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Am J Ind Med. 2009 Oct;52(10):799-810. doi: 10.1002/ajim.20744.

Depressive symptoms and atypical jobs in France, from the 2003 Decennial health survey.

Author information

  • 1Occupational Health Department, French Institute for Public Health Surveillance (InVS), Saint-Maurice, France. g.santin@invs.sante.fr

Abstract

BACKGROUND:

The objective is to study the relations between depressive symptoms and atypical jobs in the working population in France and to determine if these associations might be linked with psychosocial and organizational constraints.

METHODS:

The data come from the 2003 Decennial health survey and concern 11,895 workers. Depressive symptoms were measured by the CES-D scale. Atypical jobs were defined by employment status (fixed-term or temporary job contract, permanent job contract, self-employed) and by part-time work during working life (involuntary or chosen). Working conditions related to atypical hours and psychosocial factors were also studied.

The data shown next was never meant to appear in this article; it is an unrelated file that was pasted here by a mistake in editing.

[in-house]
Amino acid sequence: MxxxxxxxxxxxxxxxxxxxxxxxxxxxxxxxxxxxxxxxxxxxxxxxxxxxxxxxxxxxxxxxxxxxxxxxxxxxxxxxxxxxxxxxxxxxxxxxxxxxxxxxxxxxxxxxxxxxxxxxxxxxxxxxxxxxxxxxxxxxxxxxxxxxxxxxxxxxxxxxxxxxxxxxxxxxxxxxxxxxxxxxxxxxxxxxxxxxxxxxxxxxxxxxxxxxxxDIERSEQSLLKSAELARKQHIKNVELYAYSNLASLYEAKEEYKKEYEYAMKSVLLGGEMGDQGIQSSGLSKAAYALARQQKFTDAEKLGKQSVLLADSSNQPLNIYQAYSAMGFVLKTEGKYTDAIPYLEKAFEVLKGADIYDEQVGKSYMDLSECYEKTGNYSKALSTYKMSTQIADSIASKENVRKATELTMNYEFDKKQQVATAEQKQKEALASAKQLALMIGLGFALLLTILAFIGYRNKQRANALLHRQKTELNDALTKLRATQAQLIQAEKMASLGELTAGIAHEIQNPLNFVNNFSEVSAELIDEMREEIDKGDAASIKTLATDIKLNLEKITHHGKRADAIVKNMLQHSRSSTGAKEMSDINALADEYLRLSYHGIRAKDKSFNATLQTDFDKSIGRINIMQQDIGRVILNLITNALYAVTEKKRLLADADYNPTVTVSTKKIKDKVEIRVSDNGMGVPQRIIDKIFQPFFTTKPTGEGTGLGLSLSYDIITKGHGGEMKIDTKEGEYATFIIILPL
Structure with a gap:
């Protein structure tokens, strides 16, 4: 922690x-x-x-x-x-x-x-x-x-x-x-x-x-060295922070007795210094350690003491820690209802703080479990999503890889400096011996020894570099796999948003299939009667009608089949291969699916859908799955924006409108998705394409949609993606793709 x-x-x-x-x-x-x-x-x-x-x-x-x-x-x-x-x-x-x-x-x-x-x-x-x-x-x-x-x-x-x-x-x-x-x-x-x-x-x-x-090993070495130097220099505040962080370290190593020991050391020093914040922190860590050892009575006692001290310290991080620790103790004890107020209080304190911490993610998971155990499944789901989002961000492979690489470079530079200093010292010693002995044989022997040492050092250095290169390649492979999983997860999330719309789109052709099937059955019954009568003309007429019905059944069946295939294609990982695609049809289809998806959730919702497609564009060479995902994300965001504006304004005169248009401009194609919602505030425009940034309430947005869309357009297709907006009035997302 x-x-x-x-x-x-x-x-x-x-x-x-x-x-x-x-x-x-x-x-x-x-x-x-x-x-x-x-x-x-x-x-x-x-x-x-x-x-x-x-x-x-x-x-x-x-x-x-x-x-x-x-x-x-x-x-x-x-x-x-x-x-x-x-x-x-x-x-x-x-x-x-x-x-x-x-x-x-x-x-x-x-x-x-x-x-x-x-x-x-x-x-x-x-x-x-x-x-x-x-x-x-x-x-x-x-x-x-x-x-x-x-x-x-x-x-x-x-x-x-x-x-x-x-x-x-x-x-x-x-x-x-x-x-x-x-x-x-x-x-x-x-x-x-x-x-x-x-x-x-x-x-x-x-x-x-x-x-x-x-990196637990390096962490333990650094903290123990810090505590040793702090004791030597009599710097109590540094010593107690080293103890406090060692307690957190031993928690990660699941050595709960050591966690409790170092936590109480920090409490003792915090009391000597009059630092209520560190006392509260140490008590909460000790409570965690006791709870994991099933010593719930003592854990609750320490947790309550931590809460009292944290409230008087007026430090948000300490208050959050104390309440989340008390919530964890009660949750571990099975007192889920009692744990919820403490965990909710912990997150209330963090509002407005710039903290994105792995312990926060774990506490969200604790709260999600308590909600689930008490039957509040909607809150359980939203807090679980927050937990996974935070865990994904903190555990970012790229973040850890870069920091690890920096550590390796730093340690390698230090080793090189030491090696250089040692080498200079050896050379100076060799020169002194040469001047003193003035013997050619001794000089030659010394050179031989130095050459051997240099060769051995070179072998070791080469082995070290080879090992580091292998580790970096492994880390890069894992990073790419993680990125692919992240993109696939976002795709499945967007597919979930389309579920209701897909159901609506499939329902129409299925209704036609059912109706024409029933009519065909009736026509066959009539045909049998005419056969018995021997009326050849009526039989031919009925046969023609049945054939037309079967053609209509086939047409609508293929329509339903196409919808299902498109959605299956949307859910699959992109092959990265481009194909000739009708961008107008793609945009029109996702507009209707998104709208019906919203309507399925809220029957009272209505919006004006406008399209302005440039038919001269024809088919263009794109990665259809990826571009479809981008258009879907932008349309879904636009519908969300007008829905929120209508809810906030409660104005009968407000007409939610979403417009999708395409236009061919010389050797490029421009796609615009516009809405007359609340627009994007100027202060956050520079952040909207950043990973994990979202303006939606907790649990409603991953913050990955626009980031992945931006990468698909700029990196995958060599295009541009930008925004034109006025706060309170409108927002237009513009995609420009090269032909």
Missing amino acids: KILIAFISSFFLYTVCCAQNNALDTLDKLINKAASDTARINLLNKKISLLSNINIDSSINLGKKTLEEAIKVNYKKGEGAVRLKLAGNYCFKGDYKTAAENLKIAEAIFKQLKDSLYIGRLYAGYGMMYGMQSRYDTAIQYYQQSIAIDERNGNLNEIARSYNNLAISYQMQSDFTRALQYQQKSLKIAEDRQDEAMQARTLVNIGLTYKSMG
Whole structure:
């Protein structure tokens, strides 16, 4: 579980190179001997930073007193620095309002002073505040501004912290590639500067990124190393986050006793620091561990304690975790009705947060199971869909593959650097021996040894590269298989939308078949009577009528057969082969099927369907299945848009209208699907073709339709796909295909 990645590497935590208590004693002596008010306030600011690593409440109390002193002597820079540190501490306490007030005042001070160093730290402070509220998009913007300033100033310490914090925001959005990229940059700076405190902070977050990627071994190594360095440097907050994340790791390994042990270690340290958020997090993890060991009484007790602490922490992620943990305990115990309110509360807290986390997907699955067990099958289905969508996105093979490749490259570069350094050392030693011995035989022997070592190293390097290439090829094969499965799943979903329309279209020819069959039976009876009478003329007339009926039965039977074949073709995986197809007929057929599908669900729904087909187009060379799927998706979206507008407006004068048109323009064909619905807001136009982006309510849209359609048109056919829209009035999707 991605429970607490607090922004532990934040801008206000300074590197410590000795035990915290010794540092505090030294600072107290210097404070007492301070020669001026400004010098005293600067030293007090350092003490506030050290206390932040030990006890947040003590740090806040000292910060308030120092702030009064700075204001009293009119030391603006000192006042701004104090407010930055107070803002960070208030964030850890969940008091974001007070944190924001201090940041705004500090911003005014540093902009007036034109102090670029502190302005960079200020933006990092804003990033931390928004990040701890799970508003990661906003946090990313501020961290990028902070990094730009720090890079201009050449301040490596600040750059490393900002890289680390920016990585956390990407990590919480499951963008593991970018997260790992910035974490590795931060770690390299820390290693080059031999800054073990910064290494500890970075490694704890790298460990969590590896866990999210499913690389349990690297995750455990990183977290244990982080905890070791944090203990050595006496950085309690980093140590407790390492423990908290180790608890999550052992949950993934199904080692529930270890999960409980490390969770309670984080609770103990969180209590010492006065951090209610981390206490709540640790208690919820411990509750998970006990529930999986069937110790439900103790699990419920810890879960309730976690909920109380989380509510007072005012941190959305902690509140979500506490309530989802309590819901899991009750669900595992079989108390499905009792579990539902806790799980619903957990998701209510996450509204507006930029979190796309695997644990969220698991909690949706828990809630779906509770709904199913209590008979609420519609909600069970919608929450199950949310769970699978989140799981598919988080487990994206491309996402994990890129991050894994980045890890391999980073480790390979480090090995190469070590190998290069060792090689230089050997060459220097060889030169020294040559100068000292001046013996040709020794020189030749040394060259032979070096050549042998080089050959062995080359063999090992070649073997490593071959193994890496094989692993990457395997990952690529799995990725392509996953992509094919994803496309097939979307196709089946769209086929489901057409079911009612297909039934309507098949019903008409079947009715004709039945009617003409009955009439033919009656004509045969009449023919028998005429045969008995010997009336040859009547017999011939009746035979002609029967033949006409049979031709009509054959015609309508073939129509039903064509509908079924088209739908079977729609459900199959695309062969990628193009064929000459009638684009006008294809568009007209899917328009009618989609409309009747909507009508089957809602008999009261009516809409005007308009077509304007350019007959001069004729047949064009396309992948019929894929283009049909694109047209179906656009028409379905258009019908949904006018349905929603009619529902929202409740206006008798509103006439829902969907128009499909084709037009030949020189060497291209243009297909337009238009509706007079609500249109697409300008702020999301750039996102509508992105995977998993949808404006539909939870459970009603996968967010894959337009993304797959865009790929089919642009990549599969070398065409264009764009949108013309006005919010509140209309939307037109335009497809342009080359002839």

RESULTS:

For both sexes, involuntary part-time work was associated with a higher frequency of depressive symptoms, but part-time work by choice was not. Fixed-term contracts were associated with depressive symptoms only in women. All of these associations persisted after adjustment for psychosocial and organizational factors.

CONCLUSION:

The associations between atypical jobs and depressive symptoms differ for job status according to sex and do not seem to be associated with the worst psychosocial working conditions. The interpretation of these results is nonetheless limited in part by the cross-sectional nature of the survey.

Copyright 2009 Wiley-Liss, Inc.

[PubMed - indexed for MEDLINE]
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